So far the evidence suggests that maybe Xinjiang was the testing ground for some of China’s nuclear practices. Would you be able to talk about your own experience of this?
The Chinese have conducted 46 nuclear tests in Lop Nor. As a result there were alarming numbers of cancer patients in Xinjiang, and the cancer hospital in Urumchi has became the largest hospital in China containing 2000 beds, which indicate that there are overwhelming wave of cancer patients.
I want to talk about the radicalization of young Uighur people. What are the sentiments among young Uighur men about taking up arms? Do they have the same sympathies as, say, the Kashmiri separatists have?
Before, the youth would drink beer and hang around on the streets at night. After July, many are going into the mosque and have stopped drinking. They feel like if they were treated as outsiders by the Chinese government, then they have to assert their own identity. One way to do this is to emphasize their Islamic identity. Going to the mosque is not necessarily a bad thing, but there is potential danger there if they are not guided by the right people. This is therefore very good ground for extremism to breed. We don’t have one country supporting us, so it is unlikely that the Uighur people will have an uprising as they can’t get arms. But the danger of radicalization is there.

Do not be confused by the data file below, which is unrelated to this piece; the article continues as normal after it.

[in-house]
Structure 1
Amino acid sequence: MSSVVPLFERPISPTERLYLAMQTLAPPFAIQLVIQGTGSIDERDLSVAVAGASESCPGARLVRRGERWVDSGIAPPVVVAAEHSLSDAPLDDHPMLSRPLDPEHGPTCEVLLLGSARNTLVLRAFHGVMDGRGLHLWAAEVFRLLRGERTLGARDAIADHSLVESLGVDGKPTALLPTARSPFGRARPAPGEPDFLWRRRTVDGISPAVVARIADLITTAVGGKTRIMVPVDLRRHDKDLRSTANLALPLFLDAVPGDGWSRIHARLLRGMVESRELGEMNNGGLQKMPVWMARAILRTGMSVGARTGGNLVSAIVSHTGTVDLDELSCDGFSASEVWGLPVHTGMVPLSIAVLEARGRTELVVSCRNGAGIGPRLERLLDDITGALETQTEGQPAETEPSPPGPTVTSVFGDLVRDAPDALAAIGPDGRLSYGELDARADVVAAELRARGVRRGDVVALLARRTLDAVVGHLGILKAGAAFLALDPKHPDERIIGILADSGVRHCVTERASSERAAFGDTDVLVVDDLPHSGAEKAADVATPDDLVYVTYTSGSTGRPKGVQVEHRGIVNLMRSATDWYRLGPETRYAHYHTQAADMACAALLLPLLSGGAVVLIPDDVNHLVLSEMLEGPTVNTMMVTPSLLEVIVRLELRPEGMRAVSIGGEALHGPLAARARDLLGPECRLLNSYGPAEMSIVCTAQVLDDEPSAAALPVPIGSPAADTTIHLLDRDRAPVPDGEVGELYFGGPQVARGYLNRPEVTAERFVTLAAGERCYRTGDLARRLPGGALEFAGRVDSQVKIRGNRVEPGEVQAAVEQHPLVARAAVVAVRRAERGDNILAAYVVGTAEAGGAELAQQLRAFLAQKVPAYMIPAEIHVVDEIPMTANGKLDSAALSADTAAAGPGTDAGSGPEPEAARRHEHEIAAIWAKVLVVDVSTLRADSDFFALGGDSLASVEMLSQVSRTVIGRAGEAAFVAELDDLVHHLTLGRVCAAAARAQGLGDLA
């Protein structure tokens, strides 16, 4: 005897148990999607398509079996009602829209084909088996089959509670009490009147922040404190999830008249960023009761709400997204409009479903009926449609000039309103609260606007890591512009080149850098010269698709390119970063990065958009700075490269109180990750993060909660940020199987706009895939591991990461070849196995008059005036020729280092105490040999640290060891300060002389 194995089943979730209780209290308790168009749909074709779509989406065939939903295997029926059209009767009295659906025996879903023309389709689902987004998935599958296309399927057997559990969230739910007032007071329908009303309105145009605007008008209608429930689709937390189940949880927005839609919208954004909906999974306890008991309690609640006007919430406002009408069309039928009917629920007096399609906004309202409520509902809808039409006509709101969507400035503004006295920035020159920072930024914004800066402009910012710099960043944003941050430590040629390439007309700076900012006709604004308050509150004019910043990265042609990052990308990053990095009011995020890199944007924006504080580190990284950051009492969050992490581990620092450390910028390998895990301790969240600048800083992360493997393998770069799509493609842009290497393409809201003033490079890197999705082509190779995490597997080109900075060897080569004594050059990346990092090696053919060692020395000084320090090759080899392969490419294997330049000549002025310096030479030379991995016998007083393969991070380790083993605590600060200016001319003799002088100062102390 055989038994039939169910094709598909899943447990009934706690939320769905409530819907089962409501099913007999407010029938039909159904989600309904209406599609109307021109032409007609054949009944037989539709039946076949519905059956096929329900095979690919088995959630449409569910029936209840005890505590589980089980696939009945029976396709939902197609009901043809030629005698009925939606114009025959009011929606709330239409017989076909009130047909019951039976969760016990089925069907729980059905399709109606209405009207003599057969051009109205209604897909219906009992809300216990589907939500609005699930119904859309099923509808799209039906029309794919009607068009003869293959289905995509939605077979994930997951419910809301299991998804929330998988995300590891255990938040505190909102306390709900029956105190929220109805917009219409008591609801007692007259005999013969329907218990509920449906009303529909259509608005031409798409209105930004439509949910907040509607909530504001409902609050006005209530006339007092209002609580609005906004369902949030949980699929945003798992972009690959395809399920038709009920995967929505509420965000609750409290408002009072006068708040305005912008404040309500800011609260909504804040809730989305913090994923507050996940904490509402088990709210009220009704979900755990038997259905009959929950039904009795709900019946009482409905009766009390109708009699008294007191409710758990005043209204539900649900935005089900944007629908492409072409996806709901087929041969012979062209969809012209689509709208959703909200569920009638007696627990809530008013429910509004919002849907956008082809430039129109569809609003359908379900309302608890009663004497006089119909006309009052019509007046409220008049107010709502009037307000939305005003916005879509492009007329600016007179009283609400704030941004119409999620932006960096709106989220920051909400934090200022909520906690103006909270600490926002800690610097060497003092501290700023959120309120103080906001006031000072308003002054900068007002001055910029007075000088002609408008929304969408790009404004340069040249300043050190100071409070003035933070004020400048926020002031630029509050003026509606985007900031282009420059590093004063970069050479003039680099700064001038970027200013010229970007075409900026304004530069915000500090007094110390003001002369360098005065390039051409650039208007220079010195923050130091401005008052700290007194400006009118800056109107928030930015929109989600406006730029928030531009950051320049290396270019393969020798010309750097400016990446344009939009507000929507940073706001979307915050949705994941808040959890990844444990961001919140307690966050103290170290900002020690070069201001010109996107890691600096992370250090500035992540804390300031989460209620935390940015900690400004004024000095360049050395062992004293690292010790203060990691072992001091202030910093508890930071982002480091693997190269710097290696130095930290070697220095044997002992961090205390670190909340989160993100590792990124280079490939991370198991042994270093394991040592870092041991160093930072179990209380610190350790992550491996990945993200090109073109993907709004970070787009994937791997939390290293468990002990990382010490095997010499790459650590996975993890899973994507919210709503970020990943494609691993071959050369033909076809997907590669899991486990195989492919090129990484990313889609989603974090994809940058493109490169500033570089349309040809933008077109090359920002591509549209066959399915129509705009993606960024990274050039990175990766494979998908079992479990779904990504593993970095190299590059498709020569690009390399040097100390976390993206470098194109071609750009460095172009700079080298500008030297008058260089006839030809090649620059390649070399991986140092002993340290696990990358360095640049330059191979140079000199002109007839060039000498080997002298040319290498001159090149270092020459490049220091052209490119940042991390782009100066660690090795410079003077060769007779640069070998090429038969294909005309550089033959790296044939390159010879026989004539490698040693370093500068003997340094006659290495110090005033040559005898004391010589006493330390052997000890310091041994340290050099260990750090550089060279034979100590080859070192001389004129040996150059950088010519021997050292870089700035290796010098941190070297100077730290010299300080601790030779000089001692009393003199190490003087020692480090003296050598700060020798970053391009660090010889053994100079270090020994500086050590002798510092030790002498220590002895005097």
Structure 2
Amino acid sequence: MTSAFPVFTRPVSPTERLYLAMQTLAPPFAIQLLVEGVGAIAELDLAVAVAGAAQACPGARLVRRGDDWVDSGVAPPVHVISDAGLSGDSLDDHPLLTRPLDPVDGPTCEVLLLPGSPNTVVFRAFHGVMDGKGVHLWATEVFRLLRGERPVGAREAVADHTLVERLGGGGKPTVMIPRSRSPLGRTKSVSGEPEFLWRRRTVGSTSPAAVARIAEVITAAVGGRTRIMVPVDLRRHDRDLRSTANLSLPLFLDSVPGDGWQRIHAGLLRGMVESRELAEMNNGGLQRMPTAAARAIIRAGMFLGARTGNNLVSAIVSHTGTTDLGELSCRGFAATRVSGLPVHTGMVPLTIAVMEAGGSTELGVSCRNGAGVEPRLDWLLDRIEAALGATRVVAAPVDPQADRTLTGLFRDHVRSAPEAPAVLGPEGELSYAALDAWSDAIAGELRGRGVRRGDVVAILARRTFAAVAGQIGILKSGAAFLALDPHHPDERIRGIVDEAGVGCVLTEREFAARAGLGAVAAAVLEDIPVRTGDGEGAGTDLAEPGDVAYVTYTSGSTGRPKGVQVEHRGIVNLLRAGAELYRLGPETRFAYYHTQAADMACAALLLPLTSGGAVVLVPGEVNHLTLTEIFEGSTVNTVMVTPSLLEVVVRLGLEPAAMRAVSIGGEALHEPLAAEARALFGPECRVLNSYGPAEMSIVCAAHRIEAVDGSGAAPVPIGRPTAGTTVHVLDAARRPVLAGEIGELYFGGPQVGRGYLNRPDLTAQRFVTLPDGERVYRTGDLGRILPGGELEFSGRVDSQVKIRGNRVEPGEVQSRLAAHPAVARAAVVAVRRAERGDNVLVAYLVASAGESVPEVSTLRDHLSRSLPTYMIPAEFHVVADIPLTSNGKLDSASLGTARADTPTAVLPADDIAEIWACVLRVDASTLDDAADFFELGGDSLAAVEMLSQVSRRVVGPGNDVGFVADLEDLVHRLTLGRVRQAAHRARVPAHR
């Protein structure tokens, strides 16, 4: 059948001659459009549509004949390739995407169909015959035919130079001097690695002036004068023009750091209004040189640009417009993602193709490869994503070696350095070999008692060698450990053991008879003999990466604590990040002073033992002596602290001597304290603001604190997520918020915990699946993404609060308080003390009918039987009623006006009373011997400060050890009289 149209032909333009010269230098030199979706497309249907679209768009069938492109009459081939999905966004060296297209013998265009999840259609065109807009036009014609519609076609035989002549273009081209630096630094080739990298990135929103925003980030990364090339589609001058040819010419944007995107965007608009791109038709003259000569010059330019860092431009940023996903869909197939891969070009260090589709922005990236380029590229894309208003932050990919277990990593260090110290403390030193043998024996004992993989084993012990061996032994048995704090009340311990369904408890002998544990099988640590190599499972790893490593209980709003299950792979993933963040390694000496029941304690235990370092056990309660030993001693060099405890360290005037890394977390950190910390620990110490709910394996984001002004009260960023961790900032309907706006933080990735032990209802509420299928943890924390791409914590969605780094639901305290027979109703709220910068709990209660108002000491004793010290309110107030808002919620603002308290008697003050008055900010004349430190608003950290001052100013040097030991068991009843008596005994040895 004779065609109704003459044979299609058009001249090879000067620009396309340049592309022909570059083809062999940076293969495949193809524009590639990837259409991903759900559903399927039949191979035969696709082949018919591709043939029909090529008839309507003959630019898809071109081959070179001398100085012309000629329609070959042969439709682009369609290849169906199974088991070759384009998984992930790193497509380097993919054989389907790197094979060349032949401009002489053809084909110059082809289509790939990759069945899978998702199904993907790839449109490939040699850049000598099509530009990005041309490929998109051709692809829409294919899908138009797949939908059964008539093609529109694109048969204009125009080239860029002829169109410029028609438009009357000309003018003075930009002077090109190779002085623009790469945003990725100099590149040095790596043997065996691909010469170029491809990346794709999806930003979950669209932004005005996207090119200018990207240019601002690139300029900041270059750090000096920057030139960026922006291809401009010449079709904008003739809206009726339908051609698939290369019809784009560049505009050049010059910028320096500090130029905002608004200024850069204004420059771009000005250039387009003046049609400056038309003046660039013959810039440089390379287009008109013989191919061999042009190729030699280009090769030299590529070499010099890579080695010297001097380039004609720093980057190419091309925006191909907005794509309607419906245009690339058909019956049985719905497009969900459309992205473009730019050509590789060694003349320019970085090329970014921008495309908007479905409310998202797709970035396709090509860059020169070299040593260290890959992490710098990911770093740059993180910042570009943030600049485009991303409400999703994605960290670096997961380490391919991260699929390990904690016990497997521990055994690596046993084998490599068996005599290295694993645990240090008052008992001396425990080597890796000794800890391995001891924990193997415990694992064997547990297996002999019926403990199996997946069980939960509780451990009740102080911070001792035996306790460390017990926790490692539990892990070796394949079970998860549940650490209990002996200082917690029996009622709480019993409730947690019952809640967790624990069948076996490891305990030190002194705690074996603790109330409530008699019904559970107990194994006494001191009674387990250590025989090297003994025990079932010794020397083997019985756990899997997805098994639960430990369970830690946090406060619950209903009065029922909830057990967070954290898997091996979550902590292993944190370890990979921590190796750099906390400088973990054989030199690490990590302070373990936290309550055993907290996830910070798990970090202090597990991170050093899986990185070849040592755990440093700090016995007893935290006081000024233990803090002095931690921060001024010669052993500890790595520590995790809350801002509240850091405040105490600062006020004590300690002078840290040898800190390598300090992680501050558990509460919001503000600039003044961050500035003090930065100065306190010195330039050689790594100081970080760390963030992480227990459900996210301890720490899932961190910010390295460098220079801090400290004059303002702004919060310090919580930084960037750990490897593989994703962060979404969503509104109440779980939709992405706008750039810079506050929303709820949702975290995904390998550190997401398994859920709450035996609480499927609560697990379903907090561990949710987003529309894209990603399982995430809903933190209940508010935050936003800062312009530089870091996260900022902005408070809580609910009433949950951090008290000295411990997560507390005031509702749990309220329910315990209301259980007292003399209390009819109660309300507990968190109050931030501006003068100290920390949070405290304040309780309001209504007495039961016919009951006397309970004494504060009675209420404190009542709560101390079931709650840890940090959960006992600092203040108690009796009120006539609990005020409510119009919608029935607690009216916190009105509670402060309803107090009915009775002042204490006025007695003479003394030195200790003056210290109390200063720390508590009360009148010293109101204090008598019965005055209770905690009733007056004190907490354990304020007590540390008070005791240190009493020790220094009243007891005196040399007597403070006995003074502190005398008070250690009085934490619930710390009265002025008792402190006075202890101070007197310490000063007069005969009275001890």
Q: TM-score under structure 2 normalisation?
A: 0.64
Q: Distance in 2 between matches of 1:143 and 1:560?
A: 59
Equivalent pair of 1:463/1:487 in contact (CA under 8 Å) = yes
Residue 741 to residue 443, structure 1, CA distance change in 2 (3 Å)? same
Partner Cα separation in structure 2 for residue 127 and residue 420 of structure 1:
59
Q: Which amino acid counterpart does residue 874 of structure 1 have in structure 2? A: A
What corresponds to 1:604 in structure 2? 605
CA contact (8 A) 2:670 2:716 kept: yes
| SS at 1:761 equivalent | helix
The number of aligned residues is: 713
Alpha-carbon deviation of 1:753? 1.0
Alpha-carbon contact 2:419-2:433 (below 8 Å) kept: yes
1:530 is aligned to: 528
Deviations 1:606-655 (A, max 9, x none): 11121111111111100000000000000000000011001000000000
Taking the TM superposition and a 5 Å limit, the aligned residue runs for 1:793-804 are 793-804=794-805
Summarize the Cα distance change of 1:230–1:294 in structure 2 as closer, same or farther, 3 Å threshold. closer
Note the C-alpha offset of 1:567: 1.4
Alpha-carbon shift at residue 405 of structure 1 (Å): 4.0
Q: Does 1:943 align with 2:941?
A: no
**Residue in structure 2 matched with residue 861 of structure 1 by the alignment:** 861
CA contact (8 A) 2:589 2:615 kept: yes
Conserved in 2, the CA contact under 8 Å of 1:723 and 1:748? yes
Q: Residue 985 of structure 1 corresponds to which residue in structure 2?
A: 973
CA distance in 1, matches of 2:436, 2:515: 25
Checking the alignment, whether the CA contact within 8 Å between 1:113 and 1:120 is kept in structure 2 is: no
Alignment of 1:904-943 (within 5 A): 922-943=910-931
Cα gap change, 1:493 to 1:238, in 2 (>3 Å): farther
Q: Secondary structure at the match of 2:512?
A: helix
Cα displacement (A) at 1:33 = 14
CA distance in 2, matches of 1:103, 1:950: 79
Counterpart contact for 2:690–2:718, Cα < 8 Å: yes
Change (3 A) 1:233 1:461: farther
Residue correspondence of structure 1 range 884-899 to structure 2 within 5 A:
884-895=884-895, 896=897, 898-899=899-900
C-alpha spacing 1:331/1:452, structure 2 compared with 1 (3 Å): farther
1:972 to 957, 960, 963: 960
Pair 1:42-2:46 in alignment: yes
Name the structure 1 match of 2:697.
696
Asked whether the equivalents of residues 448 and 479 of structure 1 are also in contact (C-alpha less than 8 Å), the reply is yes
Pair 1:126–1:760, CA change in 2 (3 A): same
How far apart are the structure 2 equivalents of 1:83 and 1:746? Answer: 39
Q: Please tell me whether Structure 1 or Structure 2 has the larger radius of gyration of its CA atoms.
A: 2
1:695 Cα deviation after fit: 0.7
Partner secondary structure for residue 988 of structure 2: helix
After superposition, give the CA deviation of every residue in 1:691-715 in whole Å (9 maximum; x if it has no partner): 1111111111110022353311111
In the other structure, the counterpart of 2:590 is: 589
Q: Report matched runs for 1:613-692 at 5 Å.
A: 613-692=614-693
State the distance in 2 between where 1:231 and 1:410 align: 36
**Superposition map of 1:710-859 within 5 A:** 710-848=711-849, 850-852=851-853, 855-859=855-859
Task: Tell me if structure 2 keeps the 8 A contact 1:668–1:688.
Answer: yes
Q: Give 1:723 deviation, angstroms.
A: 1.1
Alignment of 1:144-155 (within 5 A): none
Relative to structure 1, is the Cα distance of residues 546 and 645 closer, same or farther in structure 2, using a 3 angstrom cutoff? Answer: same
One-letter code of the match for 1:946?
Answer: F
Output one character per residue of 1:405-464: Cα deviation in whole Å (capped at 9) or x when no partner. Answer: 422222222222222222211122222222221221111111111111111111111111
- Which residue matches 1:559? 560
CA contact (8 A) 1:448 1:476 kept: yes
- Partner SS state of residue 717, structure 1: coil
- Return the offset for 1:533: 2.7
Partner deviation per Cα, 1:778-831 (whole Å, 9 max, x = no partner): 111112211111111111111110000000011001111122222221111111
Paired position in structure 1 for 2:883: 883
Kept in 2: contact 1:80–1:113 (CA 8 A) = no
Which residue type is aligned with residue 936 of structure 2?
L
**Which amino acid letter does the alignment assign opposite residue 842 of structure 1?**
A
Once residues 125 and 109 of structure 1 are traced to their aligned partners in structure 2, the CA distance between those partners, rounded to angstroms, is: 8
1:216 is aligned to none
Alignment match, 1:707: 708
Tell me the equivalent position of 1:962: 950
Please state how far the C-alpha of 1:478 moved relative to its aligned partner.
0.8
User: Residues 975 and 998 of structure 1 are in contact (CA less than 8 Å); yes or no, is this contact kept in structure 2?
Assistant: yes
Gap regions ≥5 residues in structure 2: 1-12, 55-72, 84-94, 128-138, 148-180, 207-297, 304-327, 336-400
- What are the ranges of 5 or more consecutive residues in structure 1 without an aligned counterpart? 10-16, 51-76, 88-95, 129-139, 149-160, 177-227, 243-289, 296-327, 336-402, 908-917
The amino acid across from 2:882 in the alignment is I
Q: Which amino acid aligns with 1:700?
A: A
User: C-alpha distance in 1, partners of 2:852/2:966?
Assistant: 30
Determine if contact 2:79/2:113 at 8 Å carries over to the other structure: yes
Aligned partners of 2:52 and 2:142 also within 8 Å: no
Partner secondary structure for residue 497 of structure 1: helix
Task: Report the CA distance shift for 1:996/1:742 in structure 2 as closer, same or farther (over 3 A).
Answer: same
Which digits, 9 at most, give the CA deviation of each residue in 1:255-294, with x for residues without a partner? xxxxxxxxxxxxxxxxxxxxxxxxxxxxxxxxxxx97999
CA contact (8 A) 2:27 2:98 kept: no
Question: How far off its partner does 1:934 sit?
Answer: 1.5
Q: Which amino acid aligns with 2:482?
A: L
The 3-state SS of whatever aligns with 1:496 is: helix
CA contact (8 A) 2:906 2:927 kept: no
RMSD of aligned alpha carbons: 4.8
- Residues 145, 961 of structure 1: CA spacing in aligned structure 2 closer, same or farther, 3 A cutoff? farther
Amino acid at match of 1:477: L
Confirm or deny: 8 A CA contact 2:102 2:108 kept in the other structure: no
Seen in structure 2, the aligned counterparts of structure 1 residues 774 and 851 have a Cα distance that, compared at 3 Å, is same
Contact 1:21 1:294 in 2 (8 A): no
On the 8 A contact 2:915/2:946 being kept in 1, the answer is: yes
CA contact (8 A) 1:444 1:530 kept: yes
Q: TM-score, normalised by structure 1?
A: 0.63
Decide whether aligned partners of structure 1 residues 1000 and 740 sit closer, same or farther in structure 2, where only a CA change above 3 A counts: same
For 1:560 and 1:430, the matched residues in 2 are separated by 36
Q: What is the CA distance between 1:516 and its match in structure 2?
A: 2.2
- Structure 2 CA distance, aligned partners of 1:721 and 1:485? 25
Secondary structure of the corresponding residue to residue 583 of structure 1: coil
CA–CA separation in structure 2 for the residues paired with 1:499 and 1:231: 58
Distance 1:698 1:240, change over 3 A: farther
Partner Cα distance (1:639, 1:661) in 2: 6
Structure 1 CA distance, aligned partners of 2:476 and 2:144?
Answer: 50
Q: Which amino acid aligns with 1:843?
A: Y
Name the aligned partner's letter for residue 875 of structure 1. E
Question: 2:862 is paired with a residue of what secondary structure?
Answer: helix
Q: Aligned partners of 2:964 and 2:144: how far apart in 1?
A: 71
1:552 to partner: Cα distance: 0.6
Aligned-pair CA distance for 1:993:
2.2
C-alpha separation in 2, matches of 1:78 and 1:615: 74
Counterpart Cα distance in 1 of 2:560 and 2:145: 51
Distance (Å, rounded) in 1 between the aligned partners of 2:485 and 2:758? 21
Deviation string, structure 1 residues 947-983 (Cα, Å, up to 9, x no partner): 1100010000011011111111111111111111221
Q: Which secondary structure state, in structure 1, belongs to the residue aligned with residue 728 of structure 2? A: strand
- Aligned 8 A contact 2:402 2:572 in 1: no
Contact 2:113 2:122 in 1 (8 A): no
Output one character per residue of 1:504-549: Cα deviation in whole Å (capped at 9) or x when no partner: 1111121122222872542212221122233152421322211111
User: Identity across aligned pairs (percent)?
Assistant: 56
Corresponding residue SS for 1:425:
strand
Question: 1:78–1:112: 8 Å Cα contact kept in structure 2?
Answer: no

After July, the Chinese government shut down the internet in Xinjiang. Has this returned now and what were the effects of this internet ban?
The real purpose of banning the internet was to prevent the truth coming out. On 6 July I was on the internet and I could see damning pictures and video clips. The next day, there were none. The Chinese government needed time to control the internet and search it until they felt they’d fully gained control.